Tony Graffanino: B-R tells us it's Bill Rigney, which you old-timers can confirm. I say Graffanino is the player some dimwits around here hyped up Lou Merloni to be.

Kevin Millar: Monte Irvin. Seriously. As KFC Kevin might put it: "Well, Goddang darnit yee-hoo dang daddy-o woo, you've stumped me, buddy. Who 'n' the heck is this Monte Irvin dude, and tell me, did he like to swig his Jack?" Historians and Ken Burns groupies know Irvin as a Hall of Famer whose prime years were spent in the Negro Leagues. Unfortunately, those seasons aren't taken into account in this formula. Millar's No. 2 is Greg Colbrunn, a more understandable comparison if for no other reason than he never played in the Negro Leagues, at least as far as we know. (Millar's No. 8 is Aubrey Huff, whose name you may have heard recently.)

Bill Mueller: Mark Kotsay - now that's an excellent analogy, and one we've made in this corner of cyberspace before. Plays the game with passion and intelligence, outstanding defender, hits in the clutch - basically, he's the Mueller of outfielders, and hell, yeah, we're very relieved the Yankees didn't get him earlier this season when that rumor was floating around. No. 3 on Mueller's list is old friend Todd Walker, and Billy Ballgame also has three age similarities to Chris Stynes, which tells you for the 329th time that stats don't measure everything.

John Olerud: The Splendid Helmet is in some sweet-swinging company: Will Clark (1), Cecil Cooper (2), I'm Keith Hernandez (3), Don Mattingly (4), and Edgar Martinez (5). Couldn't be more appropriate.

Edgar Renteria: Mark Grudzielanek is his first match, with another Sox shortstop, Rick Burleson, sliding in at No. 3. It's not exactly Nomar and Tejada there, but decent company nonetheless. Worth noting: Through ages 22 through 28, the player most similar to Renteria was Alan Trammell. The Tigers' great aged well. From what I've seen this year, I'm not so sure Renteria will.

Jose Cruz Jr.: Mike Cameron. So if you're scoring at home, the Sox would have acquired a player much like Kevin Millar (Huff) and a player exactly like Jose Cruz Jr. (Cameron) for a player somewhat similar to Willie Mays (Manny). Instead, they traded a couple of cracked bats for Cruz Jr. and kept Manny. Yeah, I'd say it worked out for the best.

Johnny Damon: Damon is quite unlike any other player our eyes have ever seen - he's tall, ripped, swings like he's playing cricket yet still can jack the ball out of the park, throws like Tanner from the "Bad News Bears," runs with the grace of a sprinter - yes, it's fair to say Johnny Damon Superstar is a unique ballplayer, and his eclectic list reflects as much. The top 3: 1) Gregg Jefferies (damn good hitter despite not living up to the burdensome New York hype); 2) Lonnie "Skates" Smith (NO! DON'T LOOK AT KNOBLAUCH! HE'S DEKING YOU! AAAAAAAHHHH!) 3) Dom DiMaggio (played the same position as Damon for the Sox, which is about all they have in common, I suspect). And the list of 10 players most similar to Damon at age 30 is even more wide-ranging and obtuse, from Claudell Washington (1) to Pete Rose (8) to Roberto Clemente (9). Similarity scores don't quite know what to make of Damon.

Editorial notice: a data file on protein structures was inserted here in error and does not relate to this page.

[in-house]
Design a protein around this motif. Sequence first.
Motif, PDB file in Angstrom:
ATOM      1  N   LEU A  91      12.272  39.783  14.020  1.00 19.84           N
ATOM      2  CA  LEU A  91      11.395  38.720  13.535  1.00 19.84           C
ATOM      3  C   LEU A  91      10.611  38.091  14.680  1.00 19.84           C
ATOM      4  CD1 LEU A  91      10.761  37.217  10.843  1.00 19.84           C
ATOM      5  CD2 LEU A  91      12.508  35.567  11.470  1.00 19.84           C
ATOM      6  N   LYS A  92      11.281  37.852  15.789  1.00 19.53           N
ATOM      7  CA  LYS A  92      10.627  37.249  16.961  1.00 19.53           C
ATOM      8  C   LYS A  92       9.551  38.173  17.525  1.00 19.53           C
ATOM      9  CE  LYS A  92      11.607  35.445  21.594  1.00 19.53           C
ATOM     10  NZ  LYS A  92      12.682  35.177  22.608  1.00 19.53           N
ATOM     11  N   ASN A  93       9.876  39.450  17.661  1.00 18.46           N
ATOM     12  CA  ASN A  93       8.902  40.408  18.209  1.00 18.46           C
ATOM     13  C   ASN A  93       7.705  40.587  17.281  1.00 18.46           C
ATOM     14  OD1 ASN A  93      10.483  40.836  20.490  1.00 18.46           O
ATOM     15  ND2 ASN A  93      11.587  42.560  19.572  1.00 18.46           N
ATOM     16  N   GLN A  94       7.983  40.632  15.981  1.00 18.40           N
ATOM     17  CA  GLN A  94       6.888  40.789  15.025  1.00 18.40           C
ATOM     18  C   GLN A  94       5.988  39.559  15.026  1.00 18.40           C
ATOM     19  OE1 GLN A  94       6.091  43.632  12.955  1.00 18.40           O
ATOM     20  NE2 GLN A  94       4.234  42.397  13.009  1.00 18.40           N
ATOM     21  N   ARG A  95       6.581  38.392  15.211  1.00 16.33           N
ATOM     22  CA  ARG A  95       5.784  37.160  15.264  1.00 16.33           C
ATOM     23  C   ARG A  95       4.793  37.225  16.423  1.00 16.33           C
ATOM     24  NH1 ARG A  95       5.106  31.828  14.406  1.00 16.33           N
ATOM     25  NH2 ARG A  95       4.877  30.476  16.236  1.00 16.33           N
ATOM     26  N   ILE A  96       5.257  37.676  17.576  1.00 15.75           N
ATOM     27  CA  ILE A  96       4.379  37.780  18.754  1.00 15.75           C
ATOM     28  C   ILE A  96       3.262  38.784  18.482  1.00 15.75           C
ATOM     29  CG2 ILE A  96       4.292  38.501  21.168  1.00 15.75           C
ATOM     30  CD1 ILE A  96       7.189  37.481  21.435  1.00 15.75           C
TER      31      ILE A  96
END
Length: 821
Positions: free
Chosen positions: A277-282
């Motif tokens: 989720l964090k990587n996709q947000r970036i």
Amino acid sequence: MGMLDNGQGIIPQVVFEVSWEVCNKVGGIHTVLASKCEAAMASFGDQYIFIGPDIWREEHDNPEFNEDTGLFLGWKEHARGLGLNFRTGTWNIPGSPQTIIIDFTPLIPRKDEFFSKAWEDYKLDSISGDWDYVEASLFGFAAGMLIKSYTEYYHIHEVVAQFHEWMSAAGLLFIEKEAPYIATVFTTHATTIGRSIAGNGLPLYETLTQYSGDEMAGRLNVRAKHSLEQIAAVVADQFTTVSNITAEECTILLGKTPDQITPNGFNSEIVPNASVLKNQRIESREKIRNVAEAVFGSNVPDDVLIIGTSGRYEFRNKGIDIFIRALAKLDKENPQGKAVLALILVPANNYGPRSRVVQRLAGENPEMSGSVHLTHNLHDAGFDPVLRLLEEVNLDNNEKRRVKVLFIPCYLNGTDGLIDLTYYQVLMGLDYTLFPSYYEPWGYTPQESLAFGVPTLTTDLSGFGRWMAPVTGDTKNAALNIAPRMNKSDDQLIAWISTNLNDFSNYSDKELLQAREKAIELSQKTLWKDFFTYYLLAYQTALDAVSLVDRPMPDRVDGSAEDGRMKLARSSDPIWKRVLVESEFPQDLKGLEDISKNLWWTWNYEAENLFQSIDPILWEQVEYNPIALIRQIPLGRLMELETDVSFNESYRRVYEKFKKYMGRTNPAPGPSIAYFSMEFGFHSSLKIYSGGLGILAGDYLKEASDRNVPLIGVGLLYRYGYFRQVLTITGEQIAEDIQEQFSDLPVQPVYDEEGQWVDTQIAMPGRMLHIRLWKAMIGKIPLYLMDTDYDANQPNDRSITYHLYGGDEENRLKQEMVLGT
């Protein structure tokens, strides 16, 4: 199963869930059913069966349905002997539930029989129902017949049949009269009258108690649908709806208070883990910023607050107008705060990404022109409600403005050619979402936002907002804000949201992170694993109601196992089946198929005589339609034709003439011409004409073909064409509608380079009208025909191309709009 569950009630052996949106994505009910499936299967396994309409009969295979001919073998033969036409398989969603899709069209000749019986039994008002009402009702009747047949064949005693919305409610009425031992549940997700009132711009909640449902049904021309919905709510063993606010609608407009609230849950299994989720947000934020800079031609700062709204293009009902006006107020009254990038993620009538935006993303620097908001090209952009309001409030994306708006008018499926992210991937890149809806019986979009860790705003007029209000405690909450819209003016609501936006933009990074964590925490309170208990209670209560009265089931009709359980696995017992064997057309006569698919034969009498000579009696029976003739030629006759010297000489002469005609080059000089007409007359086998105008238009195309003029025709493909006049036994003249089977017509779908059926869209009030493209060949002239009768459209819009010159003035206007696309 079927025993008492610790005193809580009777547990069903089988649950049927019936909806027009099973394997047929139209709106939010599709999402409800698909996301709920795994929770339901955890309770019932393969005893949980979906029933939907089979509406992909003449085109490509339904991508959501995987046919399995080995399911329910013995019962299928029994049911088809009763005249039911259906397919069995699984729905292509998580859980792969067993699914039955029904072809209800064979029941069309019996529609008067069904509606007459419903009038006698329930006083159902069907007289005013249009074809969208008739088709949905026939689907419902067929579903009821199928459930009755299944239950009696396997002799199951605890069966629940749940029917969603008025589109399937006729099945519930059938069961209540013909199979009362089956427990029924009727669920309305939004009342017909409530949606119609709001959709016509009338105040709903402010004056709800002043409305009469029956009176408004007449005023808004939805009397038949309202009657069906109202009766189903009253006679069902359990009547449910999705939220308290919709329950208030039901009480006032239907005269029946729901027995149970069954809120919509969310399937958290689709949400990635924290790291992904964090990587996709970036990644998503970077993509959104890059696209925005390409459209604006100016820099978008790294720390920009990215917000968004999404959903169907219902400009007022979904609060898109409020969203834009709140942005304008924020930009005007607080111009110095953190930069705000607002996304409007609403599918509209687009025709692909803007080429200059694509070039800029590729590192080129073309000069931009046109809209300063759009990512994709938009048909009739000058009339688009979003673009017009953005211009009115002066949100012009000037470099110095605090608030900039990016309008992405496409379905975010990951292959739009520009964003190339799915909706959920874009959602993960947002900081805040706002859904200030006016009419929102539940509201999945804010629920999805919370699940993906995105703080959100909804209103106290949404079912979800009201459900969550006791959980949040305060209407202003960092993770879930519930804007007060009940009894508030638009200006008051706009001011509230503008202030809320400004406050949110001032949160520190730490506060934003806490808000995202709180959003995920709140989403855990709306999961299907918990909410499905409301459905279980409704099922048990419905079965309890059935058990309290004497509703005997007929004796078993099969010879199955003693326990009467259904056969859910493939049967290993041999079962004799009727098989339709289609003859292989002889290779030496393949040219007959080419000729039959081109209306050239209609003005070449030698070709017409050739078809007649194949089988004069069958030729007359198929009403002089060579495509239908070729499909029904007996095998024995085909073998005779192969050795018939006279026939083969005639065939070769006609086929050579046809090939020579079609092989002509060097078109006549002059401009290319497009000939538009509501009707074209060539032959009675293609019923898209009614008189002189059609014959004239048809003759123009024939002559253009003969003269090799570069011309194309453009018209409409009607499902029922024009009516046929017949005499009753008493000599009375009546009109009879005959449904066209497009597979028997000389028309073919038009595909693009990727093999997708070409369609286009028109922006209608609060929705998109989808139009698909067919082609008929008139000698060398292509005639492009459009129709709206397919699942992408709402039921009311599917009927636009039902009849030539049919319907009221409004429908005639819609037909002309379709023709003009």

Gabe Kapler: No. 1: Chris Singleton, who used to play for the A's. No. 8: Jay Payton, who has turned into Mickey Mantle for the A's.

Manny Ramirez: Here's a mild surprise: Albert "Don't Call Me Joey, If You Know What's Good For You *$#@#$#" Belle, Manny's teammate on those fearsome Indians squads of a decade ago. Because his career was aborted by a hip injury and he was completely, frighteningly insane, you sort of forget what a menacing hitter Belle was in his brief heyday. (He had consecutive seasons of 48, 50, and 49 home runs.) Manny is the better pure hitter, though, and if you look at his comparisons through his current age, you get a truer, far more impressive perspective on his place in history. Among those similar to Manny at age 32: Willie Mays (6), Ted Williams (8), Frank Robinson (9), and Flaxseed Barry (10). Company doesn't get much more exclusive than that.

Trot Nixon: Now this one we found fascinating. Nixon's most similar player is former Cincinnati and Los Angeles outfielder Kal Daniels (pictured at the top). If you don't remember him, that's a shame, though totally excusable. With the Reds in the late-'80s, Daniels looked like he was going to be a perennial All-Star, and maybe something greater. In '87, he batted .334 with 26 homers in 368 at-bats at the age of 23. But his knee problems were already chronic then, and injuries derailed and eventually ended his career. Barely able to run in his final seasons, he was out of the big leagues for good at 29. Considering Nixon's increasingly fragile body, you have to worry that his career may end sooner than it should, too. Curiously, J.D. Drew is second on Nixon's list - one more supremely talented player who just can't seem to stay on the ballfield.

David Ortiz: Who's like Papi? Nope, not Mo Vaughn. Nope, not Reggie Jackson. Nope, not Florida Evans. Nope, not the Lord Almighty himself. Give up? Papi's No. 1 is . . . Brad Fullmer. Yeah, that Brad Fullmer - the one you forgot about. Worse, Ortiz's most similar player at age 28? Tony Clark. Yeesh. It's like the last two seasons never happened or something.

Maybe this comparison stuff isn't all it's cracked up to be. Somehow, a top of the order featuring Damon, Renteria, Papi and Manny sounds a whole lot better to me than Gregg Jefferies, Mark Grudzielanek, Brad Fullmer and Albert Belle.

All right, and I suppose Yankees fans can justify taking Captain Intangibles over Ray Durham, too.

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As for today's Completely Random Baseball Card:

Paul O'Neill, True Red?